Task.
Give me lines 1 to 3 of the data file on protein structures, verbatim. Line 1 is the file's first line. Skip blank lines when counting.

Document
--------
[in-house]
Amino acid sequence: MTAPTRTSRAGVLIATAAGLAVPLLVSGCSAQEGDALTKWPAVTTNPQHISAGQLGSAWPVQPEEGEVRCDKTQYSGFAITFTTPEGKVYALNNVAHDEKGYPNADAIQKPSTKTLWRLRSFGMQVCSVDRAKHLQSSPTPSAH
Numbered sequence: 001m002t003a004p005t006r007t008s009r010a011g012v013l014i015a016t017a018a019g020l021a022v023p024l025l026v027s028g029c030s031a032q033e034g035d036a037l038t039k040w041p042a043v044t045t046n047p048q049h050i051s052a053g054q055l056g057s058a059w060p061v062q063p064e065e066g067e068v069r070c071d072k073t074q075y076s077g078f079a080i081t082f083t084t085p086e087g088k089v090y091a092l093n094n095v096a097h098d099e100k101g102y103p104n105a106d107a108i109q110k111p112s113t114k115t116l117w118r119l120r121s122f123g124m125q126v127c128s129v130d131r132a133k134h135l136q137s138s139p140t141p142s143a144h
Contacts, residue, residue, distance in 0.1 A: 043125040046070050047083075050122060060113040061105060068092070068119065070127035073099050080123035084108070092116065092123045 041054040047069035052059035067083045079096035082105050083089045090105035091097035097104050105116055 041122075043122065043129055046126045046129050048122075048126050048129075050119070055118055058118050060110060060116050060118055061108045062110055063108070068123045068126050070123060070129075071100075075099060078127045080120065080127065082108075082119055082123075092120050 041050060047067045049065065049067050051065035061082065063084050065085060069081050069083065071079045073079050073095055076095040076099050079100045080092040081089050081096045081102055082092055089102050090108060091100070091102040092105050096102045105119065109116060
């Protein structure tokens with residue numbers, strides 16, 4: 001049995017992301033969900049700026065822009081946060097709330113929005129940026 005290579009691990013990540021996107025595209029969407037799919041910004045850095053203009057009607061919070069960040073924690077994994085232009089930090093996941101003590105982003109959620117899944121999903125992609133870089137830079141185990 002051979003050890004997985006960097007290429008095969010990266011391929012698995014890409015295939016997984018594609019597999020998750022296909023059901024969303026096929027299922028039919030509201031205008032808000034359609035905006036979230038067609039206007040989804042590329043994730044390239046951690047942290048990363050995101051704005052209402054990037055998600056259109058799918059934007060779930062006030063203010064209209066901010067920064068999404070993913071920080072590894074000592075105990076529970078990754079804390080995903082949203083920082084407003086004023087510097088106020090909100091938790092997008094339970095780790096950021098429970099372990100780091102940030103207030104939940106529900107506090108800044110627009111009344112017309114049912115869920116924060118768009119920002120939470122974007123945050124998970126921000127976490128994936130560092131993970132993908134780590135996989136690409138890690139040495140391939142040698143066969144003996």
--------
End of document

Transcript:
[in-house]
Amino acid sequence: MTAPTRTSRAGVLIATAAGLAVPLLVSGCSAQEGDALTKWPAVTTNPQHISAGQLGSAWPVQPEEGEVRCDKTQYSGFAITFTTPEGKVYALNNVAHDEKGYPNADAIQKPSTKTLWRLRSFGMQVCSVDRAKHLQSSPTPSAH
Numbered sequence: 001m002t003a004p005t006r007t008s009r010a011g012v013l014i015a016t017a018a019g020l021a022v023p024l025l026v027s028g029c030s031a032q033e034g035d036a037l038t039k040w041p042a043v044t045t046n047p048q049h050i051s052a053g054q055l056g057s058a059w060p061v062q063p064e065e066g067e068v069r070c071d072k073t074q075y076s077g078f079a080i081t082f083t084t085p086e087g088k089v090y091a092l093n094n095v096a097h098d099e100k101g102y103p104n105a106d107a108i109q110k111p112s113t114k115t116l117w118r119l120r121s122f123g124m125q126v127c128s129v130d131r132a133k134h135l136q137s138s139p140t141p142s143a144h